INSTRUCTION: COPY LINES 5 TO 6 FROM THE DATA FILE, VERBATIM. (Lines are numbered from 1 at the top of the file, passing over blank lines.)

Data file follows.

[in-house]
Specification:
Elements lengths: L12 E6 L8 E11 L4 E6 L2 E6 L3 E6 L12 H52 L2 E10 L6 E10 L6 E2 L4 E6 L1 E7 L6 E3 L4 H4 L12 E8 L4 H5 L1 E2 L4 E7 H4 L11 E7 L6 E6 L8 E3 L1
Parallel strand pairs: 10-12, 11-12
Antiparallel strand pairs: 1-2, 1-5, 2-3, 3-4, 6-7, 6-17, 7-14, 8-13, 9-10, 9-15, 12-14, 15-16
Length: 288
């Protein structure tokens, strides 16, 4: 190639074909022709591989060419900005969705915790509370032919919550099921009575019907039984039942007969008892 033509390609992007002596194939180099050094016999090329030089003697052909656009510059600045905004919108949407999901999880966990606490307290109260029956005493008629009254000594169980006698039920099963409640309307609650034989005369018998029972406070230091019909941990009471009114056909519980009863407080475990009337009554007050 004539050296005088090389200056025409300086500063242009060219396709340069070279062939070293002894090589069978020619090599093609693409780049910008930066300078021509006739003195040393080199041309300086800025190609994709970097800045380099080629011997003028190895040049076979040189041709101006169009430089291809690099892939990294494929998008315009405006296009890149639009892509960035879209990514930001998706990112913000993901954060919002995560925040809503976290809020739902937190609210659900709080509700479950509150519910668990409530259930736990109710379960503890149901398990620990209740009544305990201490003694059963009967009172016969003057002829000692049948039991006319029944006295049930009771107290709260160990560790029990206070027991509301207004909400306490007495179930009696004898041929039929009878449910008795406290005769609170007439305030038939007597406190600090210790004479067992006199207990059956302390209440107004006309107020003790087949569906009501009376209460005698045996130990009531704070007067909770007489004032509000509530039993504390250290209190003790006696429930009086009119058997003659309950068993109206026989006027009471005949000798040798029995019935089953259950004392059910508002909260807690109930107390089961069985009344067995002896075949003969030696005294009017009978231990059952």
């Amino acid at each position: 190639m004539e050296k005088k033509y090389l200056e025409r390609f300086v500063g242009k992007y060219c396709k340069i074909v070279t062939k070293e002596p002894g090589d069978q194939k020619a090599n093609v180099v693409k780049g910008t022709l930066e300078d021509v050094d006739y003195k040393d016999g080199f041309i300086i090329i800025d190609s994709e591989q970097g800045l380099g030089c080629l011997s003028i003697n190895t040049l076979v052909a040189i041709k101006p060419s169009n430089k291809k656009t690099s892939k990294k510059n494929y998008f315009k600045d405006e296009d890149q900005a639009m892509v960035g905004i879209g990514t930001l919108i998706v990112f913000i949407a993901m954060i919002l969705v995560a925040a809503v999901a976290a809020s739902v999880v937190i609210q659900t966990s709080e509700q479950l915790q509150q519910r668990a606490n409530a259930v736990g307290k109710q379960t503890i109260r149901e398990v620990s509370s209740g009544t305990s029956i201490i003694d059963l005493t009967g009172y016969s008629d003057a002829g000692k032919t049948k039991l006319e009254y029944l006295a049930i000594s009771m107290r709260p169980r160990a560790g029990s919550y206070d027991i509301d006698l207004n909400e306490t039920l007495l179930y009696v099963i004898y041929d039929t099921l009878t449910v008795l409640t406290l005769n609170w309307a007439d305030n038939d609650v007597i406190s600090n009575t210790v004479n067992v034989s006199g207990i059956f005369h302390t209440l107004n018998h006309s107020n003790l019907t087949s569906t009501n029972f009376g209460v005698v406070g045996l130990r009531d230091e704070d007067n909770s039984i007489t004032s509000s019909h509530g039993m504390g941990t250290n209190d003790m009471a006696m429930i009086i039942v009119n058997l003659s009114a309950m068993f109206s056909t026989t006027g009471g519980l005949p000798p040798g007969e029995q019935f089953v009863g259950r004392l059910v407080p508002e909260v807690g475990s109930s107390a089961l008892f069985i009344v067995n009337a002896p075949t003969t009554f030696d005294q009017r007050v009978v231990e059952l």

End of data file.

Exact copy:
Antiparallel strand pairs: 1-2, 1-5, 2-3, 3-4, 6-7, 6-17, 7-14, 8-13, 9-10, 9-15, 12-14, 15-16
Length: 288